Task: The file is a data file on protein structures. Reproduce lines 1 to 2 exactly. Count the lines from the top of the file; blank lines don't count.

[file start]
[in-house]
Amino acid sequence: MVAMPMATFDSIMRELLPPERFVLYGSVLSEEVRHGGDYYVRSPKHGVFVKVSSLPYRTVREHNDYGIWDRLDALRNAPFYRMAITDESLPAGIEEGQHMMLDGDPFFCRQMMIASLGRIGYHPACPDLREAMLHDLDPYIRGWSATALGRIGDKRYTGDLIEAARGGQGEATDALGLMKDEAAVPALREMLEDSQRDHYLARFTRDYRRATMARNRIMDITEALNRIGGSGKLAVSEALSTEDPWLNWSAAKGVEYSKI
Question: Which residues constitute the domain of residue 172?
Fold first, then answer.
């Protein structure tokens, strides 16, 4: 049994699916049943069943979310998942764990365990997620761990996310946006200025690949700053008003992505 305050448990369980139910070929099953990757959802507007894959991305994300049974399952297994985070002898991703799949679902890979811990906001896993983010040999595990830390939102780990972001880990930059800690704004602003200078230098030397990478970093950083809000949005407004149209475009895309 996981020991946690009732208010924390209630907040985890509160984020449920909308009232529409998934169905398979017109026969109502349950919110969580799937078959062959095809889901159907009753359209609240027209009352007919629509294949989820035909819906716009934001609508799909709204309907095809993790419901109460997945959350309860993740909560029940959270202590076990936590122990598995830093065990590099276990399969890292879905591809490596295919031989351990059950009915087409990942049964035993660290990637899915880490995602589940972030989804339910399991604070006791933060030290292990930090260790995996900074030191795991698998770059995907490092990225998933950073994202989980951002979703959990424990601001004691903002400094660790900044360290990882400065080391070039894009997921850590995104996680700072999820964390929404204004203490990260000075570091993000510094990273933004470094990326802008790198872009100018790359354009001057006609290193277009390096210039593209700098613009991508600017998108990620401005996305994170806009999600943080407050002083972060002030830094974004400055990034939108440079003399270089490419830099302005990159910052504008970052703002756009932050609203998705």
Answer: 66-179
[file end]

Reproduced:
[in-house]
Amino acid sequence: MVAMPMATFDSIMRELLPPERFVLYGSVLSEEVRHGGDYYVRSPKHGVFVKVSSLPYRTVREHNDYGIWDRLDALRNAPFYRMAITDESLPAGIEEGQHMMLDGDPFFCRQMMIASLGRIGYHPACPDLREAMLHDLDPYIRGWSATALGRIGDKRYTGDLIEAARGGQGEATDALGLMKDEAAVPALREMLEDSQRDHYLARFTRDYRRATMARNRIMDITEALNRIGGSGKLAVSEALSTEDPWLNWSAAKGVEYSKI